Ramped access to home 50.6 43.3
Stairlift 43.9 37.1
Satisfied with access within home 86.4 78.1
Diagnosis – orthopaedic 1.3 7.0
Diagnosis – neurological 15.2 19.3
Diagnosis – old age 11.4 4.2
Diagnosis – CVA 22.8 15.4
Full-time wheelchair user 42.9 36.1
Attendant controlled manual wheelchair 41.5 30.2
Electric wheelchair 6.1 11.0

In terms of the medical cause of their immobility, Cluster 3 were less likely than others to be diagnosed in the categories of either orthopaedic or neurological disorders, but more likely to have had a stroke (CVA) or for their condition to be ascribed to old age (respondents self-assessed and allocated to one diagnostic category only).

Cluster 3 respondents were more likely than members of other clusters to be prescribed with an attendant controlled, manually propelled wheelchair and despite the apparent severity of their impairment, they were less likely to have an electric wheelchair. There are possible clinical reasons for this, for example, people who have had strokes may have peripheral vision or coordination problems which would cause them to be unable to control an electric wheelchair. A result of this prescription practice is that as the wheelchair user cannot propel an attendant-controlled chair herself, there is no need to instruct her in its use. This means that Cluster 3 respondents may have had less direct contact with DSC staff, which may be a contributory factor in their dissatisfaction with DSC services.

Thus, the respondents who are most likely to be dissatisfied with wheelchair services are older, frailer and more dependent than other wheelchair users. They are more likely to have had a stroke or be immobile due to old age, and rather than being prescribed an electric wheelchair that might seem appropriate in such circumstances, their dependency is potentially reinforced by the provision of an attendant-controlled, manually-propelled wheelchair.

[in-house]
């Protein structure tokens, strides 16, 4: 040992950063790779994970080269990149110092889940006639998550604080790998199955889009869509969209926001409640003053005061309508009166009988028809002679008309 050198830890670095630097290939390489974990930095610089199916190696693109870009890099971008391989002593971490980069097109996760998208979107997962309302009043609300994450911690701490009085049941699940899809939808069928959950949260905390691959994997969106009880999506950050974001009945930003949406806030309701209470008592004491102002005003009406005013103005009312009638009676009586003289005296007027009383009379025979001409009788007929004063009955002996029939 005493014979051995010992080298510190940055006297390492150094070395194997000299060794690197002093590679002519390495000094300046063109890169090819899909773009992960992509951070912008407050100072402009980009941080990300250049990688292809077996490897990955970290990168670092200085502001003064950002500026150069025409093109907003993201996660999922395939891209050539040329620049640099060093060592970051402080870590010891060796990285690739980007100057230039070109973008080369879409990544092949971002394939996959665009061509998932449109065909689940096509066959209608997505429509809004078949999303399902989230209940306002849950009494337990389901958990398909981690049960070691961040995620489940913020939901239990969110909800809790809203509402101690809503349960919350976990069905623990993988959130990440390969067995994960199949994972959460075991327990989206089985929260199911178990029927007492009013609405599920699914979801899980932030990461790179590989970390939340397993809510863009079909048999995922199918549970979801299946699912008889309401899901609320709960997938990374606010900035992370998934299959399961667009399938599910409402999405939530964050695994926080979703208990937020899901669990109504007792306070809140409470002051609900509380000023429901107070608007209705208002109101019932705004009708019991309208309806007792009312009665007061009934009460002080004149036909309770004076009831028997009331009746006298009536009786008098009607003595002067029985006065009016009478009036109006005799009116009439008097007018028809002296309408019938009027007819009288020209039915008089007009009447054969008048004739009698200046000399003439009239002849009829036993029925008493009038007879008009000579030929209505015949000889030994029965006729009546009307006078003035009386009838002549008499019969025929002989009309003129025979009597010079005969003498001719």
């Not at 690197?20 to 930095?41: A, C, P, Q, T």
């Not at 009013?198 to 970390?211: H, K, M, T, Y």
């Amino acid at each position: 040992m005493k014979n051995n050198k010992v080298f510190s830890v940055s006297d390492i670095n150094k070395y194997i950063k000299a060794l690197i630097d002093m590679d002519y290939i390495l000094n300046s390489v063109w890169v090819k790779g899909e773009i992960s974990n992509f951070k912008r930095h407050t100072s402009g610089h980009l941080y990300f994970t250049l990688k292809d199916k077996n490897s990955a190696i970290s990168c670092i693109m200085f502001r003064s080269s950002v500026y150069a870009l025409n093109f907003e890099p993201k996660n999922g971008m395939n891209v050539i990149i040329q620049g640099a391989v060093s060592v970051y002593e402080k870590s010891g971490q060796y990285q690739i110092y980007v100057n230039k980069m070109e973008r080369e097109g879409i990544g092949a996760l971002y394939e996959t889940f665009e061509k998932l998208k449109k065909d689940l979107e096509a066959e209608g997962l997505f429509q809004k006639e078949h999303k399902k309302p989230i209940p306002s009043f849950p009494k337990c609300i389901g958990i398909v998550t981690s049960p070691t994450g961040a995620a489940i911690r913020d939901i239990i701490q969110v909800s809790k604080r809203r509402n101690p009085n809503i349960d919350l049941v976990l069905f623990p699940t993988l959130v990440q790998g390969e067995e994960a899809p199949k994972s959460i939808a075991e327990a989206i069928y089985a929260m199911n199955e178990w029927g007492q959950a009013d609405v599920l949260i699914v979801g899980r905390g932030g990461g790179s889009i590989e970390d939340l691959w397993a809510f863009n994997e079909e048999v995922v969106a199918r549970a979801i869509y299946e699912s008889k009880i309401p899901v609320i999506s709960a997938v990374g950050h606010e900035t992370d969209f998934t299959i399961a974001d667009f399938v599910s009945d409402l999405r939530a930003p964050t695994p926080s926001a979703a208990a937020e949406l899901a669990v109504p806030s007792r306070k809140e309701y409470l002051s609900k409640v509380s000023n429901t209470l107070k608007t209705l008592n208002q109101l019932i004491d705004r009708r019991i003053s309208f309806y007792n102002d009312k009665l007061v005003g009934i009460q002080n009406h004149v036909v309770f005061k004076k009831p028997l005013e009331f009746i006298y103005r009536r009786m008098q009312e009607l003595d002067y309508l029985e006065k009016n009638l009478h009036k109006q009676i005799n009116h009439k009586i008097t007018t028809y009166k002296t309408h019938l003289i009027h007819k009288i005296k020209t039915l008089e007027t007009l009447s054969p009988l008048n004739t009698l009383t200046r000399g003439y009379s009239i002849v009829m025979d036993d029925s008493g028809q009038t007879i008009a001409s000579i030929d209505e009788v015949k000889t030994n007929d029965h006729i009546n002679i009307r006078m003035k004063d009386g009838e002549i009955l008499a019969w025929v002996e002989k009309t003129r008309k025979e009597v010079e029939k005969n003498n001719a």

Given the fiscal and contractual constraints on the NHS, service providers become the gatekeepers of scarce resources. To supply an equitable service within the limited resources provided, the disablement services work within administrative guidelines from the Department of Health. Relevant health professionals place service users into one of the three categories: (1) long-term full-time users, those with no walking ability; (2) long-term occasional users, those with limited walking ability; and (3) short-term temporary users. The categorisation of the person is intended to determine the type of equipment provided.

What we see in Cluster 3 is a group of people who appear to have been provided with equipment appropriate for ‘short-term and temporary’ users, whereas our evidence suggests that their impairments may have been long-term. It seems reasonable to question whether professionals may have been making clinical decisions based on a shorter anticipated lifespan for these people. An occupational therapist, nurse or other health professional will have undertaken these clinical assessments. We can begin to explain the disparity between the assessment and what the analysis of our data reveals, by returning to the notion of a hierarchy of disability and considering the basis on which that hierarchy operates.

When we hypothesised (Sapey, Stewart & Donaldson 2005) that the discontent of wheelchair users might be linked to people pushing at the boundaries of roles that were deemed appropriate for disabled people, we had particularly in mind the idea that younger, more active wheelchair users would be rejecting the traditional “sick role” (Parsons 1951). That view was supported by our interview data, yet what we have found through the latent class analysis of the survey data is that the most discontent group in relation to wheelchair services are older and frailer. These respondents were also less likely to have completed our survey questionnaire themselves (37.2% as opposed to 58.4% of all respondents), which suggests that they are more dependent on someone else to mediate their felt needs; they may lack a ‘voice’ when it comes to their own affairs. The sick role ascribed to them appears to be one of dependency, inactivity and lack of voice, and it is this that we suspect they reject. While this group are more dissatisfied with their own provision they are very positive about the potential for wheelchairs to be liberating.